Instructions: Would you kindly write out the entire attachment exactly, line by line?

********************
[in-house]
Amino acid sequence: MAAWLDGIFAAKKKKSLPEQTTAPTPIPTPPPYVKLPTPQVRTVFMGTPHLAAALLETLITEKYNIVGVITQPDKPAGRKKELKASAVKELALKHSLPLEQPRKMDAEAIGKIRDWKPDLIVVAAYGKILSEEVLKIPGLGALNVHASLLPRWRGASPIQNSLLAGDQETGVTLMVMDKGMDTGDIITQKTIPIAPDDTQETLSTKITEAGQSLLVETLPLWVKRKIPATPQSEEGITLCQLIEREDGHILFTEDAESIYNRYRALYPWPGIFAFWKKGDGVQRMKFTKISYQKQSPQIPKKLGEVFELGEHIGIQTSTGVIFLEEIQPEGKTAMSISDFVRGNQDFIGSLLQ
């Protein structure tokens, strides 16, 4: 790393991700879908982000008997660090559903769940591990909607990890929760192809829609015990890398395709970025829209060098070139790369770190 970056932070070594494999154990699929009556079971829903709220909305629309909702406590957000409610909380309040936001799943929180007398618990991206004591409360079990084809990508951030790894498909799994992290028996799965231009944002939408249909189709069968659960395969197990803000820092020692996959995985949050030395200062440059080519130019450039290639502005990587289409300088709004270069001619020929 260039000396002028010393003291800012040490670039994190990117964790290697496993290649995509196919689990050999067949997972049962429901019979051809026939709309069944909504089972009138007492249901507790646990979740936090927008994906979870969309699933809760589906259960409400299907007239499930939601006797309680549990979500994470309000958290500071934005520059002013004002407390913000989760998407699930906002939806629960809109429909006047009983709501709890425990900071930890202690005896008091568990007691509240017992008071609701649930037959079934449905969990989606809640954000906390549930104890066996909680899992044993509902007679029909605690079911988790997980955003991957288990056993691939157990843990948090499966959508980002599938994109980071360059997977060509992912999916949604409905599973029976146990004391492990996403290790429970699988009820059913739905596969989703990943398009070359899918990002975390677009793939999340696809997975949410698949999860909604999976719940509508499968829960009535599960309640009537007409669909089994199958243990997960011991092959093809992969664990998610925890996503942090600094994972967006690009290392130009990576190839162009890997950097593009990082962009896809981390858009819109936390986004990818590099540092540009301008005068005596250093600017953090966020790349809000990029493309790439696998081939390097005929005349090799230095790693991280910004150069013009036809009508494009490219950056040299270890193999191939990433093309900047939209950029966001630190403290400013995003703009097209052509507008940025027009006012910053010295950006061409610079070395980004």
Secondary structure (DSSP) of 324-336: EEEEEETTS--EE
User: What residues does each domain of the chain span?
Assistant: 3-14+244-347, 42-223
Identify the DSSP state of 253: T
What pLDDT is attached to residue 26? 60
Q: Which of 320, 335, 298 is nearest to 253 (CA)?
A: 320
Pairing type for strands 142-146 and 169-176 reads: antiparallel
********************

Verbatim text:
[in-house]
Amino acid sequence: MAAWLDGIFAAKKKKSLPEQTTAPTPIPTPPPYVKLPTPQVRTVFMGTPHLAAALLETLITEKYNIVGVITQPDKPAGRKKELKASAVKELALKHSLPLEQPRKMDAEAIGKIRDWKPDLIVVAAYGKILSEEVLKIPGLGALNVHASLLPRWRGASPIQNSLLAGDQETGVTLMVMDKGMDTGDIITQKTIPIAPDDTQETLSTKITEAGQSLLVETLPLWVKRKIPATPQSEEGITLCQLIEREDGHILFTEDAESIYNRYRALYPWPGIFAFWKKGDGVQRMKFTKISYQKQSPQIPKKLGEVFELGEHIGIQTSTGVIFLEEIQPEGKTAMSISDFVRGNQDFIGSLLQ
């Protein structure tokens, strides 16, 4: 790393991700879908982000008997660090559903769940591990909607990890929760192809829609015990890398395709970025829209060098070139790369770190 970056932070070594494999154990699929009556079971829903709220909305629309909702406590957000409610909380309040936001799943929180007398618990991206004591409360079990084809990508951030790894498909799994992290028996799965231009944002939408249909189709069968659960395969197990803000820092020692996959995985949050030395200062440059080519130019450039290639502005990587289409300088709004270069001619020929 260039000396002028010393003291800012040490670039994190990117964790290697496993290649995509196919689990050999067949997972049962429901019979051809026939709309069944909504089972009138007492249901507790646990979740936090927008994906979870969309699933809760589906259960409400299907007239499930939601006797309680549990979500994470309000958290500071934005520059002013004002407390913000989760998407699930906002939806629960809109429909006047009983709501709890425990900071930890202690005896008091568990007691509240017992008071609701649930037959079934449905969990989606809640954000906390549930104890066996909680899992044993509902007679029909605690079911988790997980955003991957288990056993691939157990843990948090499966959508980002599938994109980071360059997977060509992912999916949604409905599973029976146990004391492990996403290790429970699988009820059913739905596969989703990943398009070359899918990002975390677009793939999340696809997975949410698949999860909604999976719940509508499968829960009535599960309640009537007409669909089994199958243990997960011991092959093809992969664990998610925890996503942090600094994972967006690009290392130009990576190839162009890997950097593009990082962009896809981390858009819109936390986004990818590099540092540009301008005068005596250093600017953090966020790349809000990029493309790439696998081939390097005929005349090799230095790693991280910004150069013009036809009508494009490219950056040299270890193999191939990433093309900047939209950029966001630190403290400013995003703009097209052509507008940025027009006012910053010295950006061409610079070395980004």
Secondary structure (DSSP) of 324-336: EEEEEETTS--EE
User: What residues does each domain of the chain span?
Assistant: 3-14+244-347, 42-223
Identify the DSSP state of 253: T
What pLDDT is attached to residue 26? 60
Q: Which of 320, 335, 298 is nearest to 253 (CA)?
A: 320
Pairing type for strands 142-146 and 169-176 reads: antiparallel